The U.S. Equal Employment Opportunity Commission (EEOC) will sign a national Memorandum of Understanding (MOU) with the Ministry of Foreign Affairs of the United Mexican States on Friday, August 29, 2014. The MOU is designed to further strengthen their collaborative efforts to provide immigrant, migrant and otherwise vulnerable Mexican workers and their employers with guidance and information and access to education relative to their rights and responsibilities under the laws enforced by the EEOC. EEOC Chair Jacqueline A. Berrien and Mexican Ambassador Eduardo Medina Mora will sign the MOU in English and in Spanish.
Employers must implement policies and procedures to ensure that employees are not harassed by nonemployees such as clients, customers or vendors. In a recent case, the Equal Employment Opportunity Commission (EEOC) has filed a lawsuit against Costco alleging that at one of its locations, management failed to take steps to protect one of its female employees from unwelcome advances of one of its warehouse member-customers. According to the EEOC, the agency's administrative investigation revealed that the employee repeatedly complained to her managers at the Glenview, Ill., Costco location where she worked about being pursued, approached, and confronted in the Costco by the man. In addition, one of her managers apparently told the employee that he agreed the man was "not right" and that Costco would monitor the situation. However, when the situation persisted and the employee complained to the police, Costco management allegedly yelled at her and told her to be friendly to the customer. John Hendrickson, the EEOC regional attorney in Chicago, said, "All employers have a duty to protect employees from sexual harassment...No employer gets a pass because it is a customer targeting its employee, rather than a manager or fellow employee."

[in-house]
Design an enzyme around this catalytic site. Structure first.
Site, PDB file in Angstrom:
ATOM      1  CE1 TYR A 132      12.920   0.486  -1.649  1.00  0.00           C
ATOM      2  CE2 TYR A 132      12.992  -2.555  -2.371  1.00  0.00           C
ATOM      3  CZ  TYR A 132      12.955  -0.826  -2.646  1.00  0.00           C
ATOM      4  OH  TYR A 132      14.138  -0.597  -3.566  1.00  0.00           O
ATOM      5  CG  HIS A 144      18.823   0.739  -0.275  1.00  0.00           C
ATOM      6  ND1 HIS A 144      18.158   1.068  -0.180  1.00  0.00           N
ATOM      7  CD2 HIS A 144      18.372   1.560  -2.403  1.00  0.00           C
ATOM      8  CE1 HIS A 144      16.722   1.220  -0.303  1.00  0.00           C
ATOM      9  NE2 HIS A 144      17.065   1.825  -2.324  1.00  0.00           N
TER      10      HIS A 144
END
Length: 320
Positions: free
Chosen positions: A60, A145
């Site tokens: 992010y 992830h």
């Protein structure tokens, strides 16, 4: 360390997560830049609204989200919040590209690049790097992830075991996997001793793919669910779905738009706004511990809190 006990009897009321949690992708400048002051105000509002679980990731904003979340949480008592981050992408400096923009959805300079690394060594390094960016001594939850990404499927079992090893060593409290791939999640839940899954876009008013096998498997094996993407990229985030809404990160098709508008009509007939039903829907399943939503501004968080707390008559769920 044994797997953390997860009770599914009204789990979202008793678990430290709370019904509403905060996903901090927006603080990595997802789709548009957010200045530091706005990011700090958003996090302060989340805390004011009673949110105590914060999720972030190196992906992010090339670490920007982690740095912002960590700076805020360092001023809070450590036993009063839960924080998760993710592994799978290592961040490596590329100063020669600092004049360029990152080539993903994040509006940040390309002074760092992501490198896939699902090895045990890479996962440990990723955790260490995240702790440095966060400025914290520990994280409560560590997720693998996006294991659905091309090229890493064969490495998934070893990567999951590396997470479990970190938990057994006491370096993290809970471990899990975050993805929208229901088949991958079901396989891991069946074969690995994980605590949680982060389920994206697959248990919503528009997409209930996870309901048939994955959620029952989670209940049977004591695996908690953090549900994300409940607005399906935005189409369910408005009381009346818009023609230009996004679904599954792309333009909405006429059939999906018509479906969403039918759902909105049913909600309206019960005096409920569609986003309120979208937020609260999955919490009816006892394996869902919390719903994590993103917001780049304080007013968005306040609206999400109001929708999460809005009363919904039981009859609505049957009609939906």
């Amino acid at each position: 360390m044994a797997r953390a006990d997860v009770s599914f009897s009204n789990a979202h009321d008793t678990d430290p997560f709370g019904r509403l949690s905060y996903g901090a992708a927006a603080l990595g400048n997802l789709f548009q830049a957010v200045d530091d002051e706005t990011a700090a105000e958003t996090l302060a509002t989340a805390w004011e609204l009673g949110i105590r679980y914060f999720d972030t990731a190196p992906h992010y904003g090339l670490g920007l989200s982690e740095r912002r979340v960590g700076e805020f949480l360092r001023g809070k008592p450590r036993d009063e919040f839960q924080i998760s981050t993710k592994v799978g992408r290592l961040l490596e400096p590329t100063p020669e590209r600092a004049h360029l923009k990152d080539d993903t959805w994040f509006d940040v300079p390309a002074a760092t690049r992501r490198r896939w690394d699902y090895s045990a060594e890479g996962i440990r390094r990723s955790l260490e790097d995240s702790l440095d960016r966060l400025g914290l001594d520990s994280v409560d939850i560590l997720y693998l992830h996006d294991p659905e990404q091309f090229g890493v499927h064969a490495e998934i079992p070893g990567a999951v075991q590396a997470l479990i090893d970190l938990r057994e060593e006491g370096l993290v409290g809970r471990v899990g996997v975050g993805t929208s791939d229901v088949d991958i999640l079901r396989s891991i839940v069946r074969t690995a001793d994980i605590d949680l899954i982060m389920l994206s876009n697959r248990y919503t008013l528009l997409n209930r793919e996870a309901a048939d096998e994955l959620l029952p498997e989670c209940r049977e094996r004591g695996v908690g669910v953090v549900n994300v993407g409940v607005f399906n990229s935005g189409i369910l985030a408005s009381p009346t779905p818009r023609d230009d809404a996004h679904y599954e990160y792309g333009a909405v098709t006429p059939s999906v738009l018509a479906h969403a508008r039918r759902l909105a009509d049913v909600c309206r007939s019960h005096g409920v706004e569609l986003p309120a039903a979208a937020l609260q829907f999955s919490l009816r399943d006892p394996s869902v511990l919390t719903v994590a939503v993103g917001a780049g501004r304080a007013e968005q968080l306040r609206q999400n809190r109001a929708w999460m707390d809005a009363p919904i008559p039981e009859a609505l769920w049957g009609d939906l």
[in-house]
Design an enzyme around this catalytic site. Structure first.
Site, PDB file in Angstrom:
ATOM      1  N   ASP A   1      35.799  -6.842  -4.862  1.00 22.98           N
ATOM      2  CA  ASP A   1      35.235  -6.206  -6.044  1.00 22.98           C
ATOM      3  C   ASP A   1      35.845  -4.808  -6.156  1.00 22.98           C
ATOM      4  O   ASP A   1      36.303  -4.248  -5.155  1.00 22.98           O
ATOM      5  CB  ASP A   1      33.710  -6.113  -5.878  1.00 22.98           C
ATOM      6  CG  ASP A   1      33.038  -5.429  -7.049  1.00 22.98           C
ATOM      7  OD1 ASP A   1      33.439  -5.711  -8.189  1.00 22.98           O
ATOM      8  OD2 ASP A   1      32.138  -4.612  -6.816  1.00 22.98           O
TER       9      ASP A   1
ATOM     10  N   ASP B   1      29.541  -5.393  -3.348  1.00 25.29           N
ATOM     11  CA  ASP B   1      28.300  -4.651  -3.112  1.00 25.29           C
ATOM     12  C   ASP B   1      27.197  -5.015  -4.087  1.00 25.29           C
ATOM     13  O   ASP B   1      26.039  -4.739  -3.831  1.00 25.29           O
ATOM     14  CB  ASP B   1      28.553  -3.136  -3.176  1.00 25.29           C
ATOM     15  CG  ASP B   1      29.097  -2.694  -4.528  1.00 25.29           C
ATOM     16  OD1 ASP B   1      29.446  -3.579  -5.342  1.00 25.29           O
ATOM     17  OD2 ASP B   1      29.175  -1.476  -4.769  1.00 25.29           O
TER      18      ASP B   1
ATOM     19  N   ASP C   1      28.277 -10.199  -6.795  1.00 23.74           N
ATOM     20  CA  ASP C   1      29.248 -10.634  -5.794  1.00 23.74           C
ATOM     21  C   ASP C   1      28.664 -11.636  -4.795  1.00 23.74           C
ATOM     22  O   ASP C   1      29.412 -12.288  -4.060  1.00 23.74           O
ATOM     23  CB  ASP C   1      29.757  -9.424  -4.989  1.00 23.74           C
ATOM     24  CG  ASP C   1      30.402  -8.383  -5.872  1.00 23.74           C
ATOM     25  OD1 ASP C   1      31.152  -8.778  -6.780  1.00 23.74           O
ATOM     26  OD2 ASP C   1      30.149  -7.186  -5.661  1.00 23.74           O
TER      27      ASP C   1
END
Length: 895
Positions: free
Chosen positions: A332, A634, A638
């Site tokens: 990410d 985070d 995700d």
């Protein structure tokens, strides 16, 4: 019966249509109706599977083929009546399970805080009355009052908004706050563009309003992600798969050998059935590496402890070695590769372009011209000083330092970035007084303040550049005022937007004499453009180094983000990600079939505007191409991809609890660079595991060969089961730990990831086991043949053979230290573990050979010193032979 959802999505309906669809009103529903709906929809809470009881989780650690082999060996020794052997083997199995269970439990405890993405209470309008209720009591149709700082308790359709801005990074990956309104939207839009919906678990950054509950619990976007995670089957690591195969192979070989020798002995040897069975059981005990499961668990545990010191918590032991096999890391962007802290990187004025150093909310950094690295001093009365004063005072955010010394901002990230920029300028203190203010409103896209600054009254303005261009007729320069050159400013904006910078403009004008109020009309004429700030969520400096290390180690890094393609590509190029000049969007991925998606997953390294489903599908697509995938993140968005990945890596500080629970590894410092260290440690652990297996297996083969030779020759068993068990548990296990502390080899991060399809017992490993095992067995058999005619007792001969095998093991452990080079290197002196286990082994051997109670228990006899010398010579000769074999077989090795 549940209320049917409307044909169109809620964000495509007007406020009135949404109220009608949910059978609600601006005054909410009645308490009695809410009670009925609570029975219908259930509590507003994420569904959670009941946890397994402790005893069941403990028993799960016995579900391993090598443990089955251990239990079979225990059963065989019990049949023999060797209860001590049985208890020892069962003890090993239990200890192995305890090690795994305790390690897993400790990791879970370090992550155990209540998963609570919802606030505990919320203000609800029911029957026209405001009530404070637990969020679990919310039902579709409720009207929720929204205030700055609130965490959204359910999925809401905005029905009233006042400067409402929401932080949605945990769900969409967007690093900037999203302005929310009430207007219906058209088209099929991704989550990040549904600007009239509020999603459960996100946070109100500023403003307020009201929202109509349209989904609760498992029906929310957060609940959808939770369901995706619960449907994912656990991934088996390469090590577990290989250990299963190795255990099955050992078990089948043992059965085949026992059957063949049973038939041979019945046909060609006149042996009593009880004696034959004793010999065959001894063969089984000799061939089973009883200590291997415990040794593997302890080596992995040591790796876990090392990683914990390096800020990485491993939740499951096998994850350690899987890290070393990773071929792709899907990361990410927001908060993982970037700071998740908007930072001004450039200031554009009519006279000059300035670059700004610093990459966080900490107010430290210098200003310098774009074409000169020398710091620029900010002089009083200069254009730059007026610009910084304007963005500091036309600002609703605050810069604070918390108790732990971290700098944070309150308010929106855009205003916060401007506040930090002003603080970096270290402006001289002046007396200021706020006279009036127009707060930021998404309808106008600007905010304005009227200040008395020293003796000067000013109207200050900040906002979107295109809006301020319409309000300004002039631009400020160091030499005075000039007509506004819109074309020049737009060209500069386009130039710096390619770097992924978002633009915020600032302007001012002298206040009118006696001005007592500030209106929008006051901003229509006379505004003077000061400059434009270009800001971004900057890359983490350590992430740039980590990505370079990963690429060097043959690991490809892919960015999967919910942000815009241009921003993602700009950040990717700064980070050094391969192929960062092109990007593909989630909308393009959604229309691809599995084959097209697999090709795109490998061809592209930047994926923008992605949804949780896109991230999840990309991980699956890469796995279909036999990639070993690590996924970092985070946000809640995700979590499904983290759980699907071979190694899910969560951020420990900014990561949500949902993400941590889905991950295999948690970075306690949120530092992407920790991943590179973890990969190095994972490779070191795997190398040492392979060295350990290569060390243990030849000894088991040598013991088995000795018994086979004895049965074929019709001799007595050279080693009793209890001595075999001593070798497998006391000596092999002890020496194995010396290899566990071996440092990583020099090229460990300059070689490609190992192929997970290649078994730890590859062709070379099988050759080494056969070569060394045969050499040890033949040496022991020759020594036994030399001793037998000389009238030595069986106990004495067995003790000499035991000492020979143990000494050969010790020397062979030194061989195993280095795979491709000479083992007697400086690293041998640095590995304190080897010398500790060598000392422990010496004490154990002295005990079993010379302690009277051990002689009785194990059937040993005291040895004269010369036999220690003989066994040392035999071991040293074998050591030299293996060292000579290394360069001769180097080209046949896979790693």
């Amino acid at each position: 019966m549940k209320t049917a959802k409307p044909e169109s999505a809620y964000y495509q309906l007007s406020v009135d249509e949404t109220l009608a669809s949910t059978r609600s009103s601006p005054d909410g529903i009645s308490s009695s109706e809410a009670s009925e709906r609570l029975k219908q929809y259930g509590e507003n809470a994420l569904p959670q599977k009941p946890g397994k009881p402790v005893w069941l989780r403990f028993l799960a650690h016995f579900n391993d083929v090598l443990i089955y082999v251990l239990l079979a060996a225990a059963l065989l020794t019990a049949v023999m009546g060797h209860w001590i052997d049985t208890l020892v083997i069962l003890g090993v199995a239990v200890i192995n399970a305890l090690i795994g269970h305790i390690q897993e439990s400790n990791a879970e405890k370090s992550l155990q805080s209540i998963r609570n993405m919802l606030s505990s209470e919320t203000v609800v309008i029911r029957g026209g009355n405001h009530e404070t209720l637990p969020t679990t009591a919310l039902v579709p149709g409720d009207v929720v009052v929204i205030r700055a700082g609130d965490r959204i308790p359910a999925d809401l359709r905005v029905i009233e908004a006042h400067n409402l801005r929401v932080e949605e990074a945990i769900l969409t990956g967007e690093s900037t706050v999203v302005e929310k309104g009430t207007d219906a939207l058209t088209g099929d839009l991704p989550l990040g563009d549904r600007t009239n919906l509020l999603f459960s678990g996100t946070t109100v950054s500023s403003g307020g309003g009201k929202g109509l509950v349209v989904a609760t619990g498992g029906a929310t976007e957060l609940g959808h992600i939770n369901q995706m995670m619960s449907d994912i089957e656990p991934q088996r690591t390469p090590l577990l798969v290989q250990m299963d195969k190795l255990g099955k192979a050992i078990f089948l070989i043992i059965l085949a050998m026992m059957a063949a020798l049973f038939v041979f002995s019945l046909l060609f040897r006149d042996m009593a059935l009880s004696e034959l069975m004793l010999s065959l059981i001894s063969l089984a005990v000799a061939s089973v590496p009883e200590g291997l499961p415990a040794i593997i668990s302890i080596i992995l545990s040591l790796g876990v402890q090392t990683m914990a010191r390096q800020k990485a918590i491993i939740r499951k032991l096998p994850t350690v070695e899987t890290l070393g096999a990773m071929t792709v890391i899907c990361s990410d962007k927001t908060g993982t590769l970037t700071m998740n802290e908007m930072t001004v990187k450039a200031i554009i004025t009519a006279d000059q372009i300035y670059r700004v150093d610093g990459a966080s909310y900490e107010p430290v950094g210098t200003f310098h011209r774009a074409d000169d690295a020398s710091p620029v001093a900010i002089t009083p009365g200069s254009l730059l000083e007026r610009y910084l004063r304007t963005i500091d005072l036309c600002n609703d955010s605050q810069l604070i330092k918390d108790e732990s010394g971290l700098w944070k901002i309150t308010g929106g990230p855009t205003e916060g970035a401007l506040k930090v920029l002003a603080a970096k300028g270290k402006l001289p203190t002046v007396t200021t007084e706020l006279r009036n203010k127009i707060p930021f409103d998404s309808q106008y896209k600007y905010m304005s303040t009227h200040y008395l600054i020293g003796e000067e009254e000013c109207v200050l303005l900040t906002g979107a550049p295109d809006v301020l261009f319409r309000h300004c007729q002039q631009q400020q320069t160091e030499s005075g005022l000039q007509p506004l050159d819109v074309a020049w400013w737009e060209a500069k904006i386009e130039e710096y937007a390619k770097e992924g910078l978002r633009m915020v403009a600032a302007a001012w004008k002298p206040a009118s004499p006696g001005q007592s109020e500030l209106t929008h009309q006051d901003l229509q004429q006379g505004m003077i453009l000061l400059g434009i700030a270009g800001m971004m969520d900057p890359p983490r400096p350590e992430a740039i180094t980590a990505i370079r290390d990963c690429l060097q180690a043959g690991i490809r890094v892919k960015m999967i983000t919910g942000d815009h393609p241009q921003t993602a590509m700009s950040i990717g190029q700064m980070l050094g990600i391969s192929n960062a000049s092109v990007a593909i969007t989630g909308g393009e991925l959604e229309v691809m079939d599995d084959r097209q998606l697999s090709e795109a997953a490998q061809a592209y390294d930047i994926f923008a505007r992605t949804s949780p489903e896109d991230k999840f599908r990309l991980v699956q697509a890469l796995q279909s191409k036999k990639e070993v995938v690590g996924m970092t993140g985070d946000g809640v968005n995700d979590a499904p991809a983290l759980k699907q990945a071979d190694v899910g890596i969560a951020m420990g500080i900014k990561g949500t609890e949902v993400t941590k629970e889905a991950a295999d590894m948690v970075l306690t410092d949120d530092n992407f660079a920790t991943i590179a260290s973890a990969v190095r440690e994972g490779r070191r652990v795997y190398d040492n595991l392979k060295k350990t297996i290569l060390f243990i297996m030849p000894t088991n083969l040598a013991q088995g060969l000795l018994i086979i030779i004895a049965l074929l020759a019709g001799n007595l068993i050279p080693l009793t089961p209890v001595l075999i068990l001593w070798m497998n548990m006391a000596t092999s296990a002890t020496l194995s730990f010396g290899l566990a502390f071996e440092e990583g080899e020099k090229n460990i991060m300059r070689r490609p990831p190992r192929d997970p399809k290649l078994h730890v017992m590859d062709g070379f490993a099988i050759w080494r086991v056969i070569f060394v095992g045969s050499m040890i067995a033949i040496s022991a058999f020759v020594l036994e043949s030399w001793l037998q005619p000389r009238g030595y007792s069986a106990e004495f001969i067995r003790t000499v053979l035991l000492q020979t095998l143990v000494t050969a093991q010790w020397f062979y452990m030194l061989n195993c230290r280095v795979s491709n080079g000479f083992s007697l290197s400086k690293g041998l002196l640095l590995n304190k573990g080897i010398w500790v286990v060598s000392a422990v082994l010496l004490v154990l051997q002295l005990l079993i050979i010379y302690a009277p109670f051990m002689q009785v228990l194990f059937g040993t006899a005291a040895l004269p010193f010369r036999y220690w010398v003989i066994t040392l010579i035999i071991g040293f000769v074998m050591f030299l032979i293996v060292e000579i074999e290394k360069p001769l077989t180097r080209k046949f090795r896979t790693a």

In its first lawsuit to directly challenge a wellness program pursuant to the Americans with Disabilities Act (ADA), the Equal Employment Opportunity Commission (EEOC) has charged that Orion Energy Systems violated the ADA by requiring an employee to submit to medical exams and inquiries that were not job-related and consistent with business necessity as part of a "wellness program," which was not voluntary, and then by allegedly terminating the employee when she objected to the program. The EEOC contends that Orion instituted a wellness program that required medical examinations and made disability-related inquiries. When an employee declined to participate in the program, Orion shifted responsibility for payment of the entire premium for her employee health benefits from Orion to the employee, and shortly thereafter, terminated the employee.
California Governor Brown has signed SB 1034 into law, which imposes a 90-day limit on eligibility waiting periods for group health insurance benefits issued by insurers. The federal ACA already had eligibility waiting periods limited to 90-days, effective January 1, 2014. In 2013, California had enacted AB 1083, which imposed a 60-day limit on eligibility waiting periods. SB 1034 conforms California law on waiting periods to federal law.